MOST tourism-related businesses in the Philippines expect revenue losses of over 50% this year, amid travel restrictions and business closures due to the coronavirus disease 2019 (COVID-19) pandemic, a survey from PwC Philippines/Isla Lipana & Co. showed.

The survey found that 88% of Philippine tourism businesses expect over 50% revenue losses, while seven percent expect 40-50% in losses and three percent expect 30-40% in losses.

Less than half or 42% of the businesses expect their operations to normalize between six to twelve months, while 21% expect their businesses to normalize after a year.

PwC, in partnership with the Tourism department, surveyed 247 tourism “decision makers” in May 2020, with 70% from tourism services such as travel agencies and tours. Meanwhile, 34% of the respondents are in accommodations, six percent are in food services and entertainment, four percent are in transportation and one percent are in the conferences and events sectors.

The pandemic led businesses to halt or reduce some operations, with 78% saying they stopped offering a product or service due to restrictions and 61% saying they did so due to lack of demand.

Up to 44% of the respondents reduced the level of operations, while 22% deferred their expansion plans.

Tourism employment suffered, with 43% of the respondents reducing employee headcount to save on costs.

A third of the companies experienced productivity loss due to a lack of remote working capabilities, and 29% saw a change in staffing due to low demand while 27% said they laid off staff.

In terms of funding, 14% availed of loans or funds from external sources, while seven percent used company properties for other purposes to generate revenues. Three percent availed of loans or funds from existing shareholders.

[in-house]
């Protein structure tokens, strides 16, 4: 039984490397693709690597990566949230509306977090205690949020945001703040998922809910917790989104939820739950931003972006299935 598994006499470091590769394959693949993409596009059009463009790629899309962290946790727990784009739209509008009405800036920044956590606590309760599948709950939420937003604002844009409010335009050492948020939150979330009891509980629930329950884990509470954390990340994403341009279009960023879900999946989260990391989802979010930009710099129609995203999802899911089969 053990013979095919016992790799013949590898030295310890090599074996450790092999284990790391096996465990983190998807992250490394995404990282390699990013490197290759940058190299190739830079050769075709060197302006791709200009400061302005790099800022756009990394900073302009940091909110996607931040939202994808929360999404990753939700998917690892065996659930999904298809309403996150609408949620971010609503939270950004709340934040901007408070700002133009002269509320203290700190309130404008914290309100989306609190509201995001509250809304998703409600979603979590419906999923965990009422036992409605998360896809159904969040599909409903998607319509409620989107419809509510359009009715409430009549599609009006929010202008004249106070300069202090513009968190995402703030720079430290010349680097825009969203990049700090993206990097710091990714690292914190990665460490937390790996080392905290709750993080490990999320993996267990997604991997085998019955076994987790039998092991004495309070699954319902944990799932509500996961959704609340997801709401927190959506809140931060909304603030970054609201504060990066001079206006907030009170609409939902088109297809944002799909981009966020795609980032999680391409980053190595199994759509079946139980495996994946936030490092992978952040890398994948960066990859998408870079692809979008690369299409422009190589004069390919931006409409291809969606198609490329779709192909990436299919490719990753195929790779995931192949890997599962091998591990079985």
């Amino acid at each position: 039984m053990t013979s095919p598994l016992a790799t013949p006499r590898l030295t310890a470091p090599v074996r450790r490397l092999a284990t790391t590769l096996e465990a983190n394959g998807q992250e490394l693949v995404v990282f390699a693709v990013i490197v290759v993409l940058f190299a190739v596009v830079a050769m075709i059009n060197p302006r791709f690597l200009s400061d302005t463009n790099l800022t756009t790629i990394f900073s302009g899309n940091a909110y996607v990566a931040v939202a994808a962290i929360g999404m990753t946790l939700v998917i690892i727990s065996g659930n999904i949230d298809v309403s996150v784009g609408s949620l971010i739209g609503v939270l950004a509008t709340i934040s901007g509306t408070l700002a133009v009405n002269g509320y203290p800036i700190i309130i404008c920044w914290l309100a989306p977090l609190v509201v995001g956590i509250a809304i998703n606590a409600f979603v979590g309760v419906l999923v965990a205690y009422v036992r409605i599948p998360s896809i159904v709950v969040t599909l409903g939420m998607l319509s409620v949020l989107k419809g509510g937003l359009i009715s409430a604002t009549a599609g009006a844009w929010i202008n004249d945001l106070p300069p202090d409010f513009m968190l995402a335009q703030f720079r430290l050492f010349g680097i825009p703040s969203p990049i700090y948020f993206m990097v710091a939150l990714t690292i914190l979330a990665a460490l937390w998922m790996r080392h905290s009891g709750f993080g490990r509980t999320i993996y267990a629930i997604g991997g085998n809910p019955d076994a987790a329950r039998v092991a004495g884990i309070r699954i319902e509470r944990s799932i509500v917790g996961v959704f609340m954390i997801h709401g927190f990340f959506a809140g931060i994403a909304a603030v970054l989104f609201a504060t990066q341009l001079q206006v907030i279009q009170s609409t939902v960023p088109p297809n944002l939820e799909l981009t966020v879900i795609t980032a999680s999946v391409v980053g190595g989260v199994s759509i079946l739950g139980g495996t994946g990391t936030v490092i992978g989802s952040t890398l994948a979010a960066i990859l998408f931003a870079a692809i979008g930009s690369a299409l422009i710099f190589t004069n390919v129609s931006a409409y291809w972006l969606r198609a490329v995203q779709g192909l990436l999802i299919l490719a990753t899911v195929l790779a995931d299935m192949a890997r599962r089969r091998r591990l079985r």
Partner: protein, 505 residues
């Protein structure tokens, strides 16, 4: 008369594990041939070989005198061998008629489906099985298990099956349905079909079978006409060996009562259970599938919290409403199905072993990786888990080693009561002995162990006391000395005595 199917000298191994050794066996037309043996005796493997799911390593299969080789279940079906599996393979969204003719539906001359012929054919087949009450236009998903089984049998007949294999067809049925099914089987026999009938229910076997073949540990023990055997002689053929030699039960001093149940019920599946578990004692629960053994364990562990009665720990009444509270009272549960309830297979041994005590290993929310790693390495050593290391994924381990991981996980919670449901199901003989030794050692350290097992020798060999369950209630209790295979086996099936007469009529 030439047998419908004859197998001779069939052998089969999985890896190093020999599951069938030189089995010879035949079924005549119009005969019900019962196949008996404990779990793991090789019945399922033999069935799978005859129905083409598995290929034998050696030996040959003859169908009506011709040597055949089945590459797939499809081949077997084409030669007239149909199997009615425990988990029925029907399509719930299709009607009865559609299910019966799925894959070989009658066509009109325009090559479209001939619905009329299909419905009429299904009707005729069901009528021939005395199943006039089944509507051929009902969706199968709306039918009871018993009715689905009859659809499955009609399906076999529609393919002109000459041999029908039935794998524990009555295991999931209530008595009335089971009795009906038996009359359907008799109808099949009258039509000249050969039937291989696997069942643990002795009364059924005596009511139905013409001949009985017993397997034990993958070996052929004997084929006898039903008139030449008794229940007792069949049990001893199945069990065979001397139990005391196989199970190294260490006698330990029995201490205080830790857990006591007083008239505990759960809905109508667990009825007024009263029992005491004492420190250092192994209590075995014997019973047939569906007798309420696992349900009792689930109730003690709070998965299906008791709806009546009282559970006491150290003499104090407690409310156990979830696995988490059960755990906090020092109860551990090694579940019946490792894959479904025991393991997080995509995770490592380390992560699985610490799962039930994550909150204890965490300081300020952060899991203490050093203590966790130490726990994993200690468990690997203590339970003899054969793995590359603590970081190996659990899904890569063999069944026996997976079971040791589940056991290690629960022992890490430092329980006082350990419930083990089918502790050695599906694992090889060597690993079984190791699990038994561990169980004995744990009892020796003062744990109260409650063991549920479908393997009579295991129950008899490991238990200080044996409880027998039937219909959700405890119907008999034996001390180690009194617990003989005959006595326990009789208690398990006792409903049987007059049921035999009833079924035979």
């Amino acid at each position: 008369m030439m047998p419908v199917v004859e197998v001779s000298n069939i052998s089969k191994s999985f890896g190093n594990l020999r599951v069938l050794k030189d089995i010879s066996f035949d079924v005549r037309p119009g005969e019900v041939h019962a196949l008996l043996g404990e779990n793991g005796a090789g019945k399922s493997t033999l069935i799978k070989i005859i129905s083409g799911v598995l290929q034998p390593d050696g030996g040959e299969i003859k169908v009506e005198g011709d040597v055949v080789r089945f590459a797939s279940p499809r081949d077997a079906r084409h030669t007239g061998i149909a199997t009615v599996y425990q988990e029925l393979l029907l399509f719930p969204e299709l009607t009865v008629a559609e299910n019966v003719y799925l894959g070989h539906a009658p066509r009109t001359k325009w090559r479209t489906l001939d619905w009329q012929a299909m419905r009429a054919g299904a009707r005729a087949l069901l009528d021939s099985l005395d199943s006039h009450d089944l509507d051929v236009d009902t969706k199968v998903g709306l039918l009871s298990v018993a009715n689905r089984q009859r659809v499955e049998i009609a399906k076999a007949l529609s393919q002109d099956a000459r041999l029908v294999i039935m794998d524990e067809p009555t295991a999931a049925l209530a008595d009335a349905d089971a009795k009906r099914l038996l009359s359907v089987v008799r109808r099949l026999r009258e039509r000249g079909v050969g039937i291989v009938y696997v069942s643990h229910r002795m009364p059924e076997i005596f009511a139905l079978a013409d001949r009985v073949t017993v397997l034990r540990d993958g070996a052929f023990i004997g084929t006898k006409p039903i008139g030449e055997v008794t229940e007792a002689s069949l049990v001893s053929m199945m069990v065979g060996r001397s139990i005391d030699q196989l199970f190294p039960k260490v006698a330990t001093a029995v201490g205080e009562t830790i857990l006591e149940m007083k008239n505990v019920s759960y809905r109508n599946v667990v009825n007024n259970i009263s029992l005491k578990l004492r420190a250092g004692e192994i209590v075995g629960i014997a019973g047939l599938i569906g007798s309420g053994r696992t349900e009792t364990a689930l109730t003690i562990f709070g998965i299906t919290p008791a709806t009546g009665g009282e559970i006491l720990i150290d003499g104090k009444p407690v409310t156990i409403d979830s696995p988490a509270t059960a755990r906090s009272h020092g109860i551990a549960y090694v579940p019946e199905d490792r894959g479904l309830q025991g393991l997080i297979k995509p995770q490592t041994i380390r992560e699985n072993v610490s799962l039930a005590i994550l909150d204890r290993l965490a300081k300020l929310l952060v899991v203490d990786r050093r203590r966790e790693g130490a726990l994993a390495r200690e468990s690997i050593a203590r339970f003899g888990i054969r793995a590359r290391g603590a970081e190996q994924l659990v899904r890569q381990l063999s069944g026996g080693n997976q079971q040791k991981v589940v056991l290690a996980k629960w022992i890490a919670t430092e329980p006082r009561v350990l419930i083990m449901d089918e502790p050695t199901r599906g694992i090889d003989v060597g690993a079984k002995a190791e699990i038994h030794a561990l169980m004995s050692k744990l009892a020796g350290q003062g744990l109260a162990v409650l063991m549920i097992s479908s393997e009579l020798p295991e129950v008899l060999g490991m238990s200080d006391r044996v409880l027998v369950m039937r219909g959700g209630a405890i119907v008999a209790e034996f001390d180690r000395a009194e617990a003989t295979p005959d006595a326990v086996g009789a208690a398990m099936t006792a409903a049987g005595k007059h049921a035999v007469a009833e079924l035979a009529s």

Assessing the additional funding they need to normalize their operations after the lockdown, 31% said they need P500,000 to P1 million, while 30% said they need less than P500,000. Just 17% said they need P1 million to P5 million and nine percent said they need none at all.

But some companies require significantly more resources, with seven percent saying they need over P20 million and four percent said they need funding between P5 million and P10 million.

Majority or 61% of the businesses said they will use the funding for working capital requirements, and 54% said they will use it for marketing purposes. Another 41% said they will use it to refinance existing obligations, while 33% said they need the money to improve company facilities and 32% said they will use it to rehire employees.

Up to 79% said they expect international tourist arrivals to decline by over 50% for the year.

Almost all or 92% of the respondents believe that pandemics should be part of insurance coverage.

Tourism Secretary Bernadette Romulo-Puyat said that the department plans to sustain the tourism industry through financial support and policies covered in their Tourism Response and Recovery Program.

“We are working towards the establishment of proper infrastructure, and enhanced health and sanitation protocols in line with the standards of New Normal. Our goal is to build a more sustainable, resilient, and inclusive tourism industry,” she said.

PwC Philippines Chairman and Senior Partner Alexander B. Cabrera said the industry should upskill employees and digitalize operations.

“Promoting medical tourism and agri-tourism may be among the programs that our country can prioritize to help restart the sector,” he said.

The United Nations Conference on Trade and Development (UNCTAD) said the country stands to lose up to $22.64 billion or seven percent of GDP if the tourism standstill extends to 12 months.

Last year, tourism contributed 12.7% to the country’s GDP and employed 5.7 million people.

Foreign arrivals declined 68% from January to June 2020. Tourism Undersecretary Benito C. Bengzon, Jr. in a mobile message on July 2 said the department has not yet come up with revised targets for the year.

He said the department had waived participation fees for international tourism fairs and facilitated wage subsidy programs, as well as crafted a recovery plan for the industry. — Jenina P. Ibañez